“This was to fulfill
What had been spoken
By the prophet.
‘I will open my mouth
To speak in parables.
I will proclaim
What has been hidden
From the foundation
Of the world.’”
ὅπως πληρωθῇ τὸ ῥηθὲν διὰ τοῦ προφήτου λέγοντος Ἀνοίξω ἐν παραβολαῖς τὸ στόμα μου, ἐρεύξομαι κεκρυμμένα ἀπὸ καταβολῆς.
Matthew uniquely cited this prophecy from the Psalms, Psalm 78:2, where the psalmist Asaph explained the teachings from long ago. Jesus was going to open his mouth in parables about the old-fashioned sayings, like the wisdom writers. These sayings had been passed on from his ancestors, showing the great deeds of Yahweh that he had done for Israel. Jesus, via Matthew, justified or fulfilled (ὅπως πληρωθῇ) what the prophet Asaph in the psalms had said (τὸ ῥηθὲν διὰ τοῦ προφήτου λέγοντος) about the use of parables. He would open his mouth in parables (Ἀνοίξω ἐν παραβολαῖς τὸ στόμα μου) to proclaim the hidden mysteries from the foundations of the earth (ἐρεύξομαι κεκρυμμένα ἀπὸ καταβολῆς). The parables were a way of conveying wisdom, with only the initiated able to understand them.
“I was pushed hard,
So that I was falling.
But Yahweh helped me.
Yahweh is my strength!
Yahweh is my might!
He has become my salvation.
There are glad songs of victory
In the tents of the righteous.
‘The right hand of Yahweh does valiantly!
The right hand of Yahweh is exalted!
The right hand of Yahweh does valiantly!’
I shall not die.
But I shall live.
I shall recount the deeds of Yahweh.
Yahweh has punished me severely.
But he did not give me over to death.”
Apparently the psalmist was pushed very hard on all sides. However, Yahweh had helped him since Yahweh was his strength, his might, and his salvation. Once the victory was obtained there were songs of victory. Within the tents of the righteous you could hear the chant about the right hand of Yahweh that had been valiant and exalted. The psalmist did not die, but lived. Therefore he was going to recount the great deeds of Yahweh his whole entire life. Yahweh had punished him severely, but he did not die. He was grateful for that.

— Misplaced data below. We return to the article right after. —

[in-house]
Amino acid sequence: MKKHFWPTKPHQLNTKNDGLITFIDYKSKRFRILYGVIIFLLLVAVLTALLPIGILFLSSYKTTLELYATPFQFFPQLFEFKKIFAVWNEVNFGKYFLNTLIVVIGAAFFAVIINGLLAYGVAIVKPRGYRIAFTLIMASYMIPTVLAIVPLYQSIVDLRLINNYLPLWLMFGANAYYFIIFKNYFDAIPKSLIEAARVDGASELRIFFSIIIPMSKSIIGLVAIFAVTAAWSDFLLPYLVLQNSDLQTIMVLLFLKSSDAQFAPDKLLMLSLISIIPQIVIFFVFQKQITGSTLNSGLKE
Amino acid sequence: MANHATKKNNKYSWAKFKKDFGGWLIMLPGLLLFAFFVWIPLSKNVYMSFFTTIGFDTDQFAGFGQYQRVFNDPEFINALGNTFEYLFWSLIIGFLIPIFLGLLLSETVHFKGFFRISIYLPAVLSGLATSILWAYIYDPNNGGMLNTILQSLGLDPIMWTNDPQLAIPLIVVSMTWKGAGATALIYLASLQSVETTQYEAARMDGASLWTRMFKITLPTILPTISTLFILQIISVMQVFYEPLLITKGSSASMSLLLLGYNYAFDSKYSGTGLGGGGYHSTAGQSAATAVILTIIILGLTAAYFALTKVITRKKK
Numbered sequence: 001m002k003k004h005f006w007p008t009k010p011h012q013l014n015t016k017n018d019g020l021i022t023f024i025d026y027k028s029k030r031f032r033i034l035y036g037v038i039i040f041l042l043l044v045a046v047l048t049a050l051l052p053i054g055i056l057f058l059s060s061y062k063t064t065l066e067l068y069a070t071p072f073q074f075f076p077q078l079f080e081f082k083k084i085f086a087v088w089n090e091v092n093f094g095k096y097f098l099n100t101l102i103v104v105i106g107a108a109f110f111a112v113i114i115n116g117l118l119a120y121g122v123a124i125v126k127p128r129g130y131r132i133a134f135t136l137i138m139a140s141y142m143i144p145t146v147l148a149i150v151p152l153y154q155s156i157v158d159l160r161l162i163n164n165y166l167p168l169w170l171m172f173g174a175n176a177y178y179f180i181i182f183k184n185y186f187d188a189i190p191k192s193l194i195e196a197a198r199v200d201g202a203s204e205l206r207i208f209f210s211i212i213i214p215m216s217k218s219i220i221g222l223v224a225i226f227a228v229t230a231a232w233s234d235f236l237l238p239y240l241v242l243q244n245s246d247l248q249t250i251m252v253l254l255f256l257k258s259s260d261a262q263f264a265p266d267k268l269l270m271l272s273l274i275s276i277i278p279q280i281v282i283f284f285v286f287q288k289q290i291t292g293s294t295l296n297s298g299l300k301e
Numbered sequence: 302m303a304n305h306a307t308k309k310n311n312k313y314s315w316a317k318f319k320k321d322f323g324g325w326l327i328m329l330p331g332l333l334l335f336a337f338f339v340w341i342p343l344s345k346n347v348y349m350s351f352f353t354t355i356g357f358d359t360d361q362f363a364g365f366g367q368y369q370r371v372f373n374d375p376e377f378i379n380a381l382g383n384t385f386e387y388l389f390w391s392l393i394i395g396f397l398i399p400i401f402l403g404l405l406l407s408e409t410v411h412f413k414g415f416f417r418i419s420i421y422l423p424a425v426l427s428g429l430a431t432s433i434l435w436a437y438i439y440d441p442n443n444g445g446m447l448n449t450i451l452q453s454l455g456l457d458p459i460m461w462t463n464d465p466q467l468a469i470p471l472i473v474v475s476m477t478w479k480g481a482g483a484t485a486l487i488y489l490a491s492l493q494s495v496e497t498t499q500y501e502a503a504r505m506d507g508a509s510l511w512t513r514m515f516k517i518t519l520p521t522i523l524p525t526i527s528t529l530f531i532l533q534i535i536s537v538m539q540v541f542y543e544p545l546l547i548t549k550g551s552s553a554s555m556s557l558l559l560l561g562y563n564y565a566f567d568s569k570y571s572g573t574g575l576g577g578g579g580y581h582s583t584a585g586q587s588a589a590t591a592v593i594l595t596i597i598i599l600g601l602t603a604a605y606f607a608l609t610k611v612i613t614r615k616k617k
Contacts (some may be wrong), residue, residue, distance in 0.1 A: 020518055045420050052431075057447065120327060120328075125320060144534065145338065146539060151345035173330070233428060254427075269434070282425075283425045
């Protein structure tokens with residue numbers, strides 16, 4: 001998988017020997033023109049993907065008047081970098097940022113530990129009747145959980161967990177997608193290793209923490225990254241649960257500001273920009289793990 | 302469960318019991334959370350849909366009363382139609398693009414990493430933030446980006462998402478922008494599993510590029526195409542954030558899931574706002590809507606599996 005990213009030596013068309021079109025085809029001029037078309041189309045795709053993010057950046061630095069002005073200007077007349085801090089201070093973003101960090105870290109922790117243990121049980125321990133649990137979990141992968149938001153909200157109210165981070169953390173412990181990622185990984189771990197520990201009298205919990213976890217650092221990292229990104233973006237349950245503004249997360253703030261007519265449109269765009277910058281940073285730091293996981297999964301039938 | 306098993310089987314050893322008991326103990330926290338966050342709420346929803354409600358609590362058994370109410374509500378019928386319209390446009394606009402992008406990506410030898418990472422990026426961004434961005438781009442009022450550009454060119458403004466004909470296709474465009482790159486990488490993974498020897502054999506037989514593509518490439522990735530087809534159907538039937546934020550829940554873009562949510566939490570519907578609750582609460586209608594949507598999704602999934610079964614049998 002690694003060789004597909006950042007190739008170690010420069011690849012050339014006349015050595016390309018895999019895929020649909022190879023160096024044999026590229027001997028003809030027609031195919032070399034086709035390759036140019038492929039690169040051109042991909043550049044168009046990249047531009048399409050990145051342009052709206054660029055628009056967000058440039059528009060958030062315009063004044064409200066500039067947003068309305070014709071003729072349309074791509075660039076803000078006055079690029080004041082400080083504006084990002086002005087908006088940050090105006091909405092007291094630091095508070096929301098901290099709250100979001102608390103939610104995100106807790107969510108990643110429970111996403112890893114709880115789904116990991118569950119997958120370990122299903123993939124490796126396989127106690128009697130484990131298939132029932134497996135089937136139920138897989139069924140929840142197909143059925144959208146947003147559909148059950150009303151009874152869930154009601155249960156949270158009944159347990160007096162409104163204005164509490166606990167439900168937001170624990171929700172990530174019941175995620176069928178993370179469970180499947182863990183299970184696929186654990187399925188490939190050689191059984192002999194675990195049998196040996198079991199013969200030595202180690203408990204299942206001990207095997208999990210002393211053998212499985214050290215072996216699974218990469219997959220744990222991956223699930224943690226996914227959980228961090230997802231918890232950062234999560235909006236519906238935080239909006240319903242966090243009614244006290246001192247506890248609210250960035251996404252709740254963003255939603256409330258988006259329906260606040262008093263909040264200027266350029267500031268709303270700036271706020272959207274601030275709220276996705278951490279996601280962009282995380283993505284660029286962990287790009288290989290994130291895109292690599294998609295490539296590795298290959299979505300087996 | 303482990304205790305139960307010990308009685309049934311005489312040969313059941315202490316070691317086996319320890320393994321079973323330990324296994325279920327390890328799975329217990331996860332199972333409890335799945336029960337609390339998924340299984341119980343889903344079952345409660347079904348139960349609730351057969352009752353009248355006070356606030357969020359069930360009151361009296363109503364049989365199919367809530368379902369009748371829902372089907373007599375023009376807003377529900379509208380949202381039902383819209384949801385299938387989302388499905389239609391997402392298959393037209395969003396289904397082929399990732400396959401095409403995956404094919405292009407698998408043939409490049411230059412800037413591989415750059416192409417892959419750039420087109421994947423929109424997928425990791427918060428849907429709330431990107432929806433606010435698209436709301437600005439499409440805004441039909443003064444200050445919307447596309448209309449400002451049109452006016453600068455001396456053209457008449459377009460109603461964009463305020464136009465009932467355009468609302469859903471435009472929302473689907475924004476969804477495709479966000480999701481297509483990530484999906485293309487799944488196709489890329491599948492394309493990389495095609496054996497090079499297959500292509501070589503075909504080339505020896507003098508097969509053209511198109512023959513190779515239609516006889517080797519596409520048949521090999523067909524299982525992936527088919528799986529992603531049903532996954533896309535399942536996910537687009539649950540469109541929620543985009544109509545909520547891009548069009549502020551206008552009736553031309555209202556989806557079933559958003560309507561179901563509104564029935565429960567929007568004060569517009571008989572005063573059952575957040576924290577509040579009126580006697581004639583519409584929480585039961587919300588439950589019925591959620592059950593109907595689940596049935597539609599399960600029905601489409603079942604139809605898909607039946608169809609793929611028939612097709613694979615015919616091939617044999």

“There is none like you among the gods!
There are not any works like yours!
All the nations that you have made shall come.
They shall bow down before you!
They shall glorify your name!
You are great!
You do wondrous things!
You alone are God!
Teach me your way!
Thus I may walk in your truth.
Give me an undivided heart.
Thus I may revere your name!”
David continued his prayer by saying that Yahweh was like no other god. There was nothing like his works. All the nations that Yahweh has made should come and bow down before him. They should glorify his name for all the great deeds that he has done. Yahweh alone was God. This was a strong monotheistic idea that Yahweh was the one true God, while there were other false gods. David wanted to be taught in the ways of God. He wanted to walk in truth with an undivided heart. He wanted to revere the name of Yahweh.
‘It is my grief
That the right hand of the Most High has changed.’
I will call to mind the deeds of Yahweh.
I will remember your wonders of old.
I will meditate on all your work.
I will muse on your mighty deeds.
Your way is holy!
What god is as great as our God?
You are the God who works wonders.
You have displayed your might among the peoples.
With your strong arm
You redeemed your people,
The descendents of Jacob and Joseph.”
Asaph, the psalmist, admitted that he was full of grief. He felt that God had changed his right hand over him. Thus he recalled the great works of God that he had performed for him in the good old days. He meditated on his great deeds. There was no other god like his God, who worked wonders. He had redeemed his people with a strong arm. His people were the descendants of Jacob and Joseph. Notice the mention of Joseph, which is rare. This section ends with the meditative musical interlude pause of Selah.